2014 Honda Fit

2014 Honda Fit beats Nissan Versa-Note in initial purchase value

We took a very close look at these contenders to determine that Honda Fit is the superior new car value when compared to the Nissan Versa-Note. Identical in size and utility, it comes down to a cheapened price-point interior and performance, versus dollars well spent.

The 2012 Versa Note was voted “best back to school car” by Kelley Blue Book. No doubt about it, the Versa- Note in its S variant is the least expensive 4 to 5 passenger hatchback on the market today.

Starting msrp for a 2014 Note is $13,990.. While the car is bare- basic and a bit under-powered at 109 hp., it will get your student off to class in relative safety. Honda can’t touch the Note’s msrp in North America. An entry level 2014 Honda Fit has a ‘starting price’ of $15425, $1500 higher than the Nissan. Let’s discover why...

We decided to take a closer look at the cosmetic as well as mechanical differences between these two entry level contenders. For a first time car buyer looking for affordability, fuel economy and general reliability, either car will do the job. So, for us, looking at the overall picture makes sense before signing on the bottom line. A few dollars saved on a vehicle at the time of purchase can cost you hundreds if not thousands of dollars at trade- in or resale time.

According to K.B.B., the Honda Civic and Accord have the highest resale value of any light vehicle in North America. Undoubtedly the Honda Fit will hold a higher residual value after 36 months over that of the Nissan Versa-Note.

Looking at the cars, we find them to be hauntingly similar in concept and body design. In fact, the wheelbase, height and length of the car varies by a fraction of an inch. The interior headroom height is a ½ higher in the Versa with rear leg and cargo space differences, negligible. That’s where the similarity ends…

Nissan has produced an affordable entry level product by sacrificing engine performance, handling and ride. While the hatchback’s exterior fit and finish is very acceptable, the interior design features an excessive amount of mold injected plastic and hard surfaces.

In fact, when you shut the driver or passenger front door, the door handle and panel flexes. This does not lend itself well to a buyer’s sense of “solid” quality.

While the interior design is flexible as to utility, it lacks character as to fabric and soft finish design touches. The dash design is signature Nissan. The SV model we drove featured the “ tech package” with a small 5.5 “ touch screen Google navigation, and personal communication Bluetooth interface. The price as tested of the fully loaded Versa- Note SV was $19,250.. A 2014 Fit Sport with navigation will set you back $19,900.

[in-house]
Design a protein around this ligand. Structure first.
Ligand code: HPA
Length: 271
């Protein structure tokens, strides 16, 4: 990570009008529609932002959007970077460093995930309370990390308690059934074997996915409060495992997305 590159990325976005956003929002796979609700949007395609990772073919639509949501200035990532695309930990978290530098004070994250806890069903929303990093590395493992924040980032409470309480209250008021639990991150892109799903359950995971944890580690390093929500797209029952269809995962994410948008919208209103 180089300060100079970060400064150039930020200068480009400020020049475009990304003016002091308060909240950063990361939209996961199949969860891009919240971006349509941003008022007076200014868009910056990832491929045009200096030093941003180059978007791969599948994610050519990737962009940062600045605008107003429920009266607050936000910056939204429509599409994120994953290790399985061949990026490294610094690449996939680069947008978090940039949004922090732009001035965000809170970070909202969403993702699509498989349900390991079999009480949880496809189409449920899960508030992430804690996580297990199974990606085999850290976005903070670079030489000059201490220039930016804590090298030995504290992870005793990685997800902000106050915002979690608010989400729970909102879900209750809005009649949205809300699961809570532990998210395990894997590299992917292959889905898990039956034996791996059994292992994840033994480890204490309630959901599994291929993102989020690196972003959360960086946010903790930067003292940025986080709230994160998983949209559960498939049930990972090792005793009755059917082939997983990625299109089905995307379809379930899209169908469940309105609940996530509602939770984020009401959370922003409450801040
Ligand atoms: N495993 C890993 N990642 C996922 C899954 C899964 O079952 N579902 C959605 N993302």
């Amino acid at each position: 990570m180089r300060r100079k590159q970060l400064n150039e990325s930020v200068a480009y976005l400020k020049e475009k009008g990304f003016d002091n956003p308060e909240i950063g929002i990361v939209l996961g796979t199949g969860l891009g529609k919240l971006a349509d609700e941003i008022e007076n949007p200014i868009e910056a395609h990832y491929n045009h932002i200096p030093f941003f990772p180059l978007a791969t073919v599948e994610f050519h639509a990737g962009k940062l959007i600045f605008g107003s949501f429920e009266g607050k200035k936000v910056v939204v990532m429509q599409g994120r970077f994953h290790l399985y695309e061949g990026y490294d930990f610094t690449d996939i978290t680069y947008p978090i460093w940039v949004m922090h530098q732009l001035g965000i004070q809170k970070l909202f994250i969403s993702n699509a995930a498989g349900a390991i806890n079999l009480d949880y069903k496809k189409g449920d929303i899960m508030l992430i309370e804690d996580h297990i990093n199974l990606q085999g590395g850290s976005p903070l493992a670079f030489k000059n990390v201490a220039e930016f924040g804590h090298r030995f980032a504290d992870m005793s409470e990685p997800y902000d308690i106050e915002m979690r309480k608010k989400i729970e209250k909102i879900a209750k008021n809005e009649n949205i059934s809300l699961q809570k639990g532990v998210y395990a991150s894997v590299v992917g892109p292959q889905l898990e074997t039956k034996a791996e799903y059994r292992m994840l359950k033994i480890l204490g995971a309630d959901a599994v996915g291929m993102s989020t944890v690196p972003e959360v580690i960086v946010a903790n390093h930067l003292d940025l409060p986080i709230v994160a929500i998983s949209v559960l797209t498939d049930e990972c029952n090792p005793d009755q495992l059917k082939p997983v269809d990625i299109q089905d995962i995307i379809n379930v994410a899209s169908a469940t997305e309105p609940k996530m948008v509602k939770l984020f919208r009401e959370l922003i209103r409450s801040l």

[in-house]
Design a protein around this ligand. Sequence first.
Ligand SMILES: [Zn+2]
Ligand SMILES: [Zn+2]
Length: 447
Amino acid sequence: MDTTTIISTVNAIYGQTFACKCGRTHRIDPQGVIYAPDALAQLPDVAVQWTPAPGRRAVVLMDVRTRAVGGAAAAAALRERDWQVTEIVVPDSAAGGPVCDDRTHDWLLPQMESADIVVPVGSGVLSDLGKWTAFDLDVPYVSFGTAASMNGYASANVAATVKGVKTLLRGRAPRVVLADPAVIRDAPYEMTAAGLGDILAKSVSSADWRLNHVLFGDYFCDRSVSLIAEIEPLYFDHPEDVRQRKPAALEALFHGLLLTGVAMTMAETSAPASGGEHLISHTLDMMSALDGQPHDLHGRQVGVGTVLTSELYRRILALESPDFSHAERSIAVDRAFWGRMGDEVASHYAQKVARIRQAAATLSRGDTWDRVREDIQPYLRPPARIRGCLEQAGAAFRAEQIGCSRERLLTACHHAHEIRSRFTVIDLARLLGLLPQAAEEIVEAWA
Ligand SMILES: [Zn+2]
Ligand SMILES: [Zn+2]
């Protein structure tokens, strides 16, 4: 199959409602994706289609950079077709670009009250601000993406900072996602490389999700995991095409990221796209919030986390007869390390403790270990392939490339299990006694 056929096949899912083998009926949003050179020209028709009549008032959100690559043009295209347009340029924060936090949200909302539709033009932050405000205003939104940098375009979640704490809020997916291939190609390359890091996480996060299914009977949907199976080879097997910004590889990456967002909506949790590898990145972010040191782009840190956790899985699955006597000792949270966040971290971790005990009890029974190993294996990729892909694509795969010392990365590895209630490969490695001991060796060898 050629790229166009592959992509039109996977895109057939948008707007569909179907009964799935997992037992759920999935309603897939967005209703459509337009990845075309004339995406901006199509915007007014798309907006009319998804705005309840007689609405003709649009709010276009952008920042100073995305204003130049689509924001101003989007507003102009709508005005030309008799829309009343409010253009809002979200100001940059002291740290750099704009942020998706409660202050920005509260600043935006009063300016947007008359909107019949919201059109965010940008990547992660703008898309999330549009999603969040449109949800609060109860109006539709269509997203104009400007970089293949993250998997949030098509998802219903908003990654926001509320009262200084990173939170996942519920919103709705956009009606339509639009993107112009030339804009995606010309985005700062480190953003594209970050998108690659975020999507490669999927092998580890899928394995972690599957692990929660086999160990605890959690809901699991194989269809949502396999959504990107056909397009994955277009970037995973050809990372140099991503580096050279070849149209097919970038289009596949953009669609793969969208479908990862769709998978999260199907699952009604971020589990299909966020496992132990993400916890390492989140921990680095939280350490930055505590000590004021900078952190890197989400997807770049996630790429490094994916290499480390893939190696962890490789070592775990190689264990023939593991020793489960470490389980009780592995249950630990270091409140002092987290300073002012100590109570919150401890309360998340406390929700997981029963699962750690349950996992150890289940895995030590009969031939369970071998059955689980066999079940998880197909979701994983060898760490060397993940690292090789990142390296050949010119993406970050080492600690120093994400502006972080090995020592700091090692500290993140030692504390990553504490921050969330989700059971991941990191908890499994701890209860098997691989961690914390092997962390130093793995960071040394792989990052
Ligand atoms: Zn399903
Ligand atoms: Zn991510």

We like the Nissan “around view”( all side backup monitor,) with 360 degree overhead view. But, it didn't make up for the lackluster performance of the Note’s 109 horsepower 1.6 Liter dohc variable timed, duel injected 4 cylinder engine. Although the relatively low revving engine worked well with Nissan’s steel belt driven CVT transmission, compared to the Fit’s 117 hp. 1.5 liter 1-VTEC 4 cylinder, the Nissan engine left us wanting more power and less noise.

We found the electric steering to be lagging response, and the 10” brakes to be minimally fade resistant. For those interested in reading the Note’s specifications, you can do so here.

Where the Fit truly shines is in the engine compartment and interior accouterments...

The interior of the Fit Sport as comparably priced to an optional feature loaded Versa-Note is superior as to aesthetics, ergonomic placement and standard creature comforts. While neither car reaches the ergonomic level of a 2014 Accord Hybrid, they’re not intended to. For those wishing to read the specification for the Fit, you can find them here.

As reported earlier by Torque News, the next generation 2015 Fit scheduled for release in mid 2014, will come to North America with an “ Earth Dreams” inspired 130 hp. CVT propulsion package approaching a combined driving mpg of 37, still falling short of the under-powered but reliable Nissan Versa-Note’s stated 40 mpg highway.

In closing, you get what you pay for. While both makes offer great value for the dollar spent, we believe that the Honda will hold up better for the long term while providing a more pleasurable driving, ownership experience. By the time we factor in initial purchase price, overall quality of product, standard features and performance, the Honda Fit wins this very close small hatchback sector comparison.